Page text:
|Brief general description of the infrastructure to which access is offered
PACS-C3 consists of 3 different simulation chambers, a stationary 27 m3 chamber (air-conditioned at 15 to 30 °C), a mobile 9 m3 chamber (without own air condition), and a stationary 9 m3 cool chamber (air-conditioned between -10 to 30 °C).
The stationary big chamber has the advantage of a large air volume, which is important when many instruments sample for long times, such as for inter-comparison purposes. The mobile chamber can be brought to any emission source and is therefore especially suited to e.g. evaluate secondary organic aerosol (SOA) formation from test benches. The cool chamber is able to simulate SOA formation also at temperatures down to -10°C, which is especially relevant for wood burning emissions, which typically occur at low temperatures.
PSI has a full suite of state of the art instrumentation. Depending on the objectives of the campaign, the chambers can be equipped with the following instruments for gas phase characterization: a proton-transfer reaction time of flight mass spectrometer (PTR-TOF-MS), a chemical ionization atmospheric pressure interface time of flight MS (CI-APi-TOF), as well as the standard NOx and ozone monitors; for NO there is also a high sensitivity instrument (detection limit 5 ppt) available, important for experiments a low NOx conditions. For the characterization of the particle phase the following instrumentation is available: condensation particle counters with different lower cut-off sizes (3 and 10 nm), a particle size magnifier (PSM for even smaller particles, scanning mobility particle sizers (SMPS) for the size distribution (two different size ranges available with a nano and a standard SMPS), a high resolution time of flight aerosol mass spectrometer (TOF-AMS), extractive electrospray ionization time-of-flight mass spectrometer (EESI-ToF), an instrument for on-line determination or reactive oxygen species (ROS) and peroxides. In addition, a FIGAERO (Filter Inlet for Gas and Aerosols) coupled to a CI-APi-TOF is available for chemical speciation of gas and aerosol components. For black carbon measurements, a single particle soot photometer (SP2) and an aethalometer are available.
Large Smog Chamber: The chamber is a 27m3 (3×3×3 m) flexible bag made of 125 μm Teflon® fluorocarbon film (FEP). The bag is suspended in a temperature controlled wooden enclosure having dimension 4×5×4 m (L×W×H). Temperature can be stabilized to 1°C within the range of 17 to 25 °C. Four xenon arc lamps and/or a bank of 80 black lights can be used as light source. The surface-to-volume ratio of the chamber is 2 m2 / m3 and the chamber can be operated at ambient to slightly above pressures. Aerosol lifetimes in the large chamber can be as long as 12 – 15 hours. JNO2 for this chamber is 1.6 x 10-3 sec-1. Its projected surface area is of 9 m².
Cool Chamber & Mobile Smog Chamber: It consists of 9m3 Teflon bag hung on an aluminum frame together with a battery of 40 100W UV lights (Ergoline, Cleo Performance solarium lamps). Connected to the chamber is a separable control unit consisting of a pure air generation system (737-250 series, AADCO Instruments, Inc., USA) and inlet lines for gaseous components (NO, NO2, O3, H2O, organic compounds). All of these units may be mounted on a trailer for transport or ambient studies, or dismounted and deployed in various configurations. The surface-to-volume ratio of these chambers is 3.2 m2 / m3 and can be operated at ambient to slightly above pressures. The JNO2 values for the chambers is: 3 x 10-3 sec-1. Aerosol lifetimes in these chambers is usually ~3-5 hours. Its projected surface area is of 4-5 m².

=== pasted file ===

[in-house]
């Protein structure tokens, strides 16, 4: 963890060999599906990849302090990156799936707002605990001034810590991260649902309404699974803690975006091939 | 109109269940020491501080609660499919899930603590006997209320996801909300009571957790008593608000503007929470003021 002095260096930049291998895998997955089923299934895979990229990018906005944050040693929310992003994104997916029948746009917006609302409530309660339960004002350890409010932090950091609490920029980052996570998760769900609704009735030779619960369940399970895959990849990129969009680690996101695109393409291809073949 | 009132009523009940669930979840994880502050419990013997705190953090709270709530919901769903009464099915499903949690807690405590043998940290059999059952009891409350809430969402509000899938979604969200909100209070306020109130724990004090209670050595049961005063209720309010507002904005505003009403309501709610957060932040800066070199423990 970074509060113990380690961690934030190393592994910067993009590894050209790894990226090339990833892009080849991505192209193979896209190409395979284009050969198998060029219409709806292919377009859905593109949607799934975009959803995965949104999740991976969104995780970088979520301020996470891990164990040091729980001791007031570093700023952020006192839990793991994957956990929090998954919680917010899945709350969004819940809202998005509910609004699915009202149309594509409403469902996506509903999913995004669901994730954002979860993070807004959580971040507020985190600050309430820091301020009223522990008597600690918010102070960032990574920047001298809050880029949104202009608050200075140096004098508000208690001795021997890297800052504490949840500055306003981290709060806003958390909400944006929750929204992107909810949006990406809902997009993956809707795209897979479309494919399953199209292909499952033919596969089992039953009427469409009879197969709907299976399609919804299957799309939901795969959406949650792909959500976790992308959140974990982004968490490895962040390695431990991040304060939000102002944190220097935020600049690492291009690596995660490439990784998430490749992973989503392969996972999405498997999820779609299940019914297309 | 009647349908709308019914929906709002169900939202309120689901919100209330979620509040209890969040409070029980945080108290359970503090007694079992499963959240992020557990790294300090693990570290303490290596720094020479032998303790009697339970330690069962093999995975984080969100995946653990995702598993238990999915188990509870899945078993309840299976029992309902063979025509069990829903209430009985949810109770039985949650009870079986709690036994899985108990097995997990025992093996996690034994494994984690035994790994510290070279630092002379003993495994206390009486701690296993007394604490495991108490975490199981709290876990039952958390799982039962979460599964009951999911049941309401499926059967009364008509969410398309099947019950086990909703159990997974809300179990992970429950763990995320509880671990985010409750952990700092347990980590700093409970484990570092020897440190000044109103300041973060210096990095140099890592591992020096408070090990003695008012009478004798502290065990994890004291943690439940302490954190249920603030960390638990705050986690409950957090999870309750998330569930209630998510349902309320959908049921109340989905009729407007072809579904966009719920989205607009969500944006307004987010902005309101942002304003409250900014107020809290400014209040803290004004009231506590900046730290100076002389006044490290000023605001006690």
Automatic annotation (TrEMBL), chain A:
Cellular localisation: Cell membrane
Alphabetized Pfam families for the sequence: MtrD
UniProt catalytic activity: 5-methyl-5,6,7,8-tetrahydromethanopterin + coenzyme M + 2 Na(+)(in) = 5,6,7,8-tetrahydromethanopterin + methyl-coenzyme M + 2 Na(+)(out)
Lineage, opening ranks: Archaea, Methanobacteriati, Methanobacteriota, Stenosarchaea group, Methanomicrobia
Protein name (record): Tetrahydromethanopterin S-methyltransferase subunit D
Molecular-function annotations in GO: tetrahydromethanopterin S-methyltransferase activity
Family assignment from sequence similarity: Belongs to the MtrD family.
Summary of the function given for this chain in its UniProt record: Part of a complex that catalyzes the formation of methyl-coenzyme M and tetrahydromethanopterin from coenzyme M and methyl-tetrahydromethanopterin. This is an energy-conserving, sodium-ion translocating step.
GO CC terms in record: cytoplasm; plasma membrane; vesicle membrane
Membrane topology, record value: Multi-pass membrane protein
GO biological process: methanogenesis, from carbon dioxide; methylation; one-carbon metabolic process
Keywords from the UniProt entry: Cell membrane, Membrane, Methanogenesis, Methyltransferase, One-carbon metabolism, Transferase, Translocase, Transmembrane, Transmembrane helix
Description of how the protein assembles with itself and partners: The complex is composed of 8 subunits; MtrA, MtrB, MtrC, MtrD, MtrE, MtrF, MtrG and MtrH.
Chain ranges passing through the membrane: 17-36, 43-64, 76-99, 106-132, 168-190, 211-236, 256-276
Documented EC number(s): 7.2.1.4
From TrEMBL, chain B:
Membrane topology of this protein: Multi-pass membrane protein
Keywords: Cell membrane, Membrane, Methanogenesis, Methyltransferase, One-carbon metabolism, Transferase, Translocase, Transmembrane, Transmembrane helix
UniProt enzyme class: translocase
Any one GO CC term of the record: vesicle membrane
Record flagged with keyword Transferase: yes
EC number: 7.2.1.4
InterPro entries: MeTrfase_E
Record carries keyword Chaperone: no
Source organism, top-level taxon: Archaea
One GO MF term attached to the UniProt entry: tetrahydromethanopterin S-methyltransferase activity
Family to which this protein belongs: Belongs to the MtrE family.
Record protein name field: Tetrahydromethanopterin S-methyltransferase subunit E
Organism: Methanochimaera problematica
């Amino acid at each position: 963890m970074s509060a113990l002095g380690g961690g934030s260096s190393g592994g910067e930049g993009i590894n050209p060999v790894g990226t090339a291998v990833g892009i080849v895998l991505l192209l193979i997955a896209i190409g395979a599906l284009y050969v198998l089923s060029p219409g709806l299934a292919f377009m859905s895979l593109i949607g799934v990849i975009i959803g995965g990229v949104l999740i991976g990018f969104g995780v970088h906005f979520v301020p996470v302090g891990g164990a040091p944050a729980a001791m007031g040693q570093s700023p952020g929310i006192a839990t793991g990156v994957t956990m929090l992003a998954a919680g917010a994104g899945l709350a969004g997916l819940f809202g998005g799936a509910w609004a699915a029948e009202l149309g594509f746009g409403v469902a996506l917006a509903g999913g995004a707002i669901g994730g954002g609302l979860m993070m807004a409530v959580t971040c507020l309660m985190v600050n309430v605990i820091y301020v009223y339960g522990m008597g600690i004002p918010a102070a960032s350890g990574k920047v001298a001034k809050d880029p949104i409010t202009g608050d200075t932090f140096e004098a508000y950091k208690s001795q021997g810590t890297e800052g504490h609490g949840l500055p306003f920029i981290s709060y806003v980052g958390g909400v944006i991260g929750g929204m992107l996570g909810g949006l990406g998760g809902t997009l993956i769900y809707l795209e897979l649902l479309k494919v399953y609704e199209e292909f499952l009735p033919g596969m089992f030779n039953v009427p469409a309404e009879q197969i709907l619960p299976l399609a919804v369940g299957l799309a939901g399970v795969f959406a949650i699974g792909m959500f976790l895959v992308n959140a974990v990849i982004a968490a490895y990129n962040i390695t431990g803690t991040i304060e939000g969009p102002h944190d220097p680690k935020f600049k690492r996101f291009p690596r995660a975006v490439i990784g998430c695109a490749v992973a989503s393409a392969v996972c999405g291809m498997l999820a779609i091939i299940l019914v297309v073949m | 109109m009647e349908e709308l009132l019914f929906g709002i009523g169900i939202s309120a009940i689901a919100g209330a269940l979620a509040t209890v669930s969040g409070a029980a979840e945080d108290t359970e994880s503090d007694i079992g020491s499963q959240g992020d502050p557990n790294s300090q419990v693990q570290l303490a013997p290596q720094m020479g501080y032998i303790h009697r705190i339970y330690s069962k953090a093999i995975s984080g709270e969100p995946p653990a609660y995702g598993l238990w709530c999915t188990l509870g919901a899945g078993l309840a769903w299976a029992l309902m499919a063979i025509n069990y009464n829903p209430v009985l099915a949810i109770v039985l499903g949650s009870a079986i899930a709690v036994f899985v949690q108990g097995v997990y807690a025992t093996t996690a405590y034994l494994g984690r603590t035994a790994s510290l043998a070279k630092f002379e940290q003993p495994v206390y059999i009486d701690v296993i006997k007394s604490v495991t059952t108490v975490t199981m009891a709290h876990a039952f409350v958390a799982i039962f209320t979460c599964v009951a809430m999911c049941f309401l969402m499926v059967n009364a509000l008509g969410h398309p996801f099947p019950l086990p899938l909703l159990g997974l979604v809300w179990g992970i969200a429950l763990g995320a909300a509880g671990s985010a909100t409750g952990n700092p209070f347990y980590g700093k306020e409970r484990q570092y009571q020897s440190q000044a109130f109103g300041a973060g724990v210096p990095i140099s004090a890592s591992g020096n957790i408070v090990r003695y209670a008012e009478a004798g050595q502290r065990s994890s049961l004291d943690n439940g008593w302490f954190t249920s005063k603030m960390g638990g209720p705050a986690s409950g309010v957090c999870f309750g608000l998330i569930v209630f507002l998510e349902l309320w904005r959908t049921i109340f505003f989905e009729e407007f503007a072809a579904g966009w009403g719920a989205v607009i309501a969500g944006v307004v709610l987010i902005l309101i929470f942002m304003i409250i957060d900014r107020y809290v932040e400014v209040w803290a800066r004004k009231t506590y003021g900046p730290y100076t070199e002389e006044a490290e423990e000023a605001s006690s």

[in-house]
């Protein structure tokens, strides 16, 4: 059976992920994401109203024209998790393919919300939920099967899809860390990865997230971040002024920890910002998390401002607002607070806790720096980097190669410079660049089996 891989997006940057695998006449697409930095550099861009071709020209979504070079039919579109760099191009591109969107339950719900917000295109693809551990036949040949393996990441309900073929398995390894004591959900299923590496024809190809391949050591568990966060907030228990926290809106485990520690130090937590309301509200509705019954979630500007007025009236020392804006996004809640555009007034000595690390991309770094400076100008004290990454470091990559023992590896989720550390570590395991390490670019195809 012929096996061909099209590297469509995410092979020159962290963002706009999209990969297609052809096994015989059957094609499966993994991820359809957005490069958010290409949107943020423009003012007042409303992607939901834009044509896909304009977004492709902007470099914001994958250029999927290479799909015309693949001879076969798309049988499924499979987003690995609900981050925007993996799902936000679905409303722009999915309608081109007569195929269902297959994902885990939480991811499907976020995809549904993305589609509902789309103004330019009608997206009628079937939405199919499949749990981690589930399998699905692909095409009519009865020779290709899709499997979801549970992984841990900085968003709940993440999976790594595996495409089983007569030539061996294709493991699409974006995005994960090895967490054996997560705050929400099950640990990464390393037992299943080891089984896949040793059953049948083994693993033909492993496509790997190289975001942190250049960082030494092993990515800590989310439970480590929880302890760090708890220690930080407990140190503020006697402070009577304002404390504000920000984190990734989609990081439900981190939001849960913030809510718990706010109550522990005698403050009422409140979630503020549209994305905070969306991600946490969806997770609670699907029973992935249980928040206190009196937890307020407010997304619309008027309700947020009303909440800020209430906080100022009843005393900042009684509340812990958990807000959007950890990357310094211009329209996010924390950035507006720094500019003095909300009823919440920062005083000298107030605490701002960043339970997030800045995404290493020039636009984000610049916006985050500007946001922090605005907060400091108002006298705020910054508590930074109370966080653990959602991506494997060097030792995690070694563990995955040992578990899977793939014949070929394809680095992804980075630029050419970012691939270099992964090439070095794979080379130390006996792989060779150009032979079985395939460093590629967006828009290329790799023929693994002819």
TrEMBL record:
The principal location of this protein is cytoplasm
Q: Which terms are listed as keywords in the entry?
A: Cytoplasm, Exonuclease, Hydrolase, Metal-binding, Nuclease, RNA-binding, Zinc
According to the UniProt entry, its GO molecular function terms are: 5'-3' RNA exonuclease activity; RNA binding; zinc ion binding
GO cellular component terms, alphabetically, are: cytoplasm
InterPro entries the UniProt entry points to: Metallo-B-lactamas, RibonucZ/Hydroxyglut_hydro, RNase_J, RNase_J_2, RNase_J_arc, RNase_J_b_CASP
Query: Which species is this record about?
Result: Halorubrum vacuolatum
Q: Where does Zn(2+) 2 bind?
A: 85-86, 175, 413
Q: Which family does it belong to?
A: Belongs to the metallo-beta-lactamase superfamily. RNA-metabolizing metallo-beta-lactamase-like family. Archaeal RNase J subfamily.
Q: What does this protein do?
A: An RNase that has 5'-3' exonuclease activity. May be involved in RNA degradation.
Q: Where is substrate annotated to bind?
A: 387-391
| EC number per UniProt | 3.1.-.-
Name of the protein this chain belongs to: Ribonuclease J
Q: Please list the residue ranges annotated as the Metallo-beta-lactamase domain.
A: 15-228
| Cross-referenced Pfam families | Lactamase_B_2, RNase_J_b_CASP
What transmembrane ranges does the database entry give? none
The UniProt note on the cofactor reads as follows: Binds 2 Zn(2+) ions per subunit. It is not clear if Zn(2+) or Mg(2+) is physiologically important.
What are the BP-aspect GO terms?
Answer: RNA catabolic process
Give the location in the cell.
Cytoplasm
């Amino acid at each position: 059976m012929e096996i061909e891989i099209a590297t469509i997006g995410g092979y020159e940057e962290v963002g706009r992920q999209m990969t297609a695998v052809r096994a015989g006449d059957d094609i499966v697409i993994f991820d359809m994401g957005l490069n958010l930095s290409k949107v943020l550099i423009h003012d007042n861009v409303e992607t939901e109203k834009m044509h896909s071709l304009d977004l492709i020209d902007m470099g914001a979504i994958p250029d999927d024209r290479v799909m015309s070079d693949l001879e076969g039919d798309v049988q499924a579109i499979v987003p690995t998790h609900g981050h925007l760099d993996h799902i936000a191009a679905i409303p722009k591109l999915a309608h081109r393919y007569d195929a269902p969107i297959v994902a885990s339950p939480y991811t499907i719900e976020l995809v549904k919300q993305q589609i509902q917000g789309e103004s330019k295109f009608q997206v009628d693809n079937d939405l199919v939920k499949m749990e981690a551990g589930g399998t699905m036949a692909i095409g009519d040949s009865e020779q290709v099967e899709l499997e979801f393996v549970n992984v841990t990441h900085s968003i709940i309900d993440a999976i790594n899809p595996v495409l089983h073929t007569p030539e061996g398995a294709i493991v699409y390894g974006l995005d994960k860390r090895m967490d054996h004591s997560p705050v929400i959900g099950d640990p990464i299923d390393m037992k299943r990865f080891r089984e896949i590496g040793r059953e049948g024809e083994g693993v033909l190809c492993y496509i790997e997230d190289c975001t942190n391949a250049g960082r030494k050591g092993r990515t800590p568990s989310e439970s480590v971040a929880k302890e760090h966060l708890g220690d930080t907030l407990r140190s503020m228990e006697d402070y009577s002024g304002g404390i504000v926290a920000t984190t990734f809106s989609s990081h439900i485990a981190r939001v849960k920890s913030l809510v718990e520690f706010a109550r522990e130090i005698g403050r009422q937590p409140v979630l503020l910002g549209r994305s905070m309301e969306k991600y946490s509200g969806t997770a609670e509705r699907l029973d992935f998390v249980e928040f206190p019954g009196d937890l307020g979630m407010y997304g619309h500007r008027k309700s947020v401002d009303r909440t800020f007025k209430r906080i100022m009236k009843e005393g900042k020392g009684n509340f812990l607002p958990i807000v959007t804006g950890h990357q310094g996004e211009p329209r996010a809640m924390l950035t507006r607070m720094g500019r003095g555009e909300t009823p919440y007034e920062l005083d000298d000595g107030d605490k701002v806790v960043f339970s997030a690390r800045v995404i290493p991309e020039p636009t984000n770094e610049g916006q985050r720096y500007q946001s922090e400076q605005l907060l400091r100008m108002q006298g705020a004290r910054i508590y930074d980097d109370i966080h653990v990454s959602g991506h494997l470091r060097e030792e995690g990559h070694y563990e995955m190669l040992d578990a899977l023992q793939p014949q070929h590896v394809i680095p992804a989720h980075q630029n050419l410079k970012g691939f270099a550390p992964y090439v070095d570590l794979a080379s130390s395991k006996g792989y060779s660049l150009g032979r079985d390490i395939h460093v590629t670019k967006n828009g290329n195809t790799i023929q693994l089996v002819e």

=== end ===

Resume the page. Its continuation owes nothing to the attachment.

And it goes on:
Relative humidity in the mobile chamber can be adjusted rapidly and accurately to anywhere between 0-95%. When operated independently of the transport trailer, the temperature is determined by the capabilities of the host facility; experiments have so far been conducted in the range -10 to 30 °C.
Large Smog Chamber:
Dwane Paulsen, Josef Dommen, Markus Kalberer, André S. H. Prévôt, René Richter, Mirjam Sax, Martin Steinbacher, Ernest Weingartner, and Urs Baltensperger. Secondary organic aerosol formation by irradiation of 1, 3,5-trimethylbenzene-NOx-H2O in a new reaction chamber for atmospheric chemistry and physics. Environ. Sci. Technol. 39,2668–2678 (2005). DOI: 10.1021/es0489137
Metzger, A., Dommen, J., Gaeggeler, K., Duplissy, J., Prevot, A. S. H., Kleffmann, J., Elshorbany, Y., Wisthaler, A., and Baltensperger, U.: Evaluation of 1,3,5 trimethylbenzene degradation in the detailed tropospheric chemistry mechanism, MCMv3.1, using environmental chamber data, Atmos. Chem. Phys., 8, 6453-6468, 2008 DOI : 10.5194/acp-8-6453-2008
Mobile Smog Chamber / Cool Chamber :
Platt, S. M., El Haddad, I., Zardini, A. A., Clairotte, M., Astorga, C., Wolf, R., Slowik, J. G., Temime-Roussel, B., Marchand, N., Ježek, I., Drinovec, L., Močnik, G., Möhler, O., Richter, R., Barmet, P., Bianchi, F., Baltensperger, U., and Prévôt, A. S. H.: Secondary organic aerosol formation from gasoline vehicle emissions in a new mobile environmental reaction chamber, Atmos. Chem. Phys., 13, 9141-9158, 2013 DOI : 10.5194/acp-13-9141-2013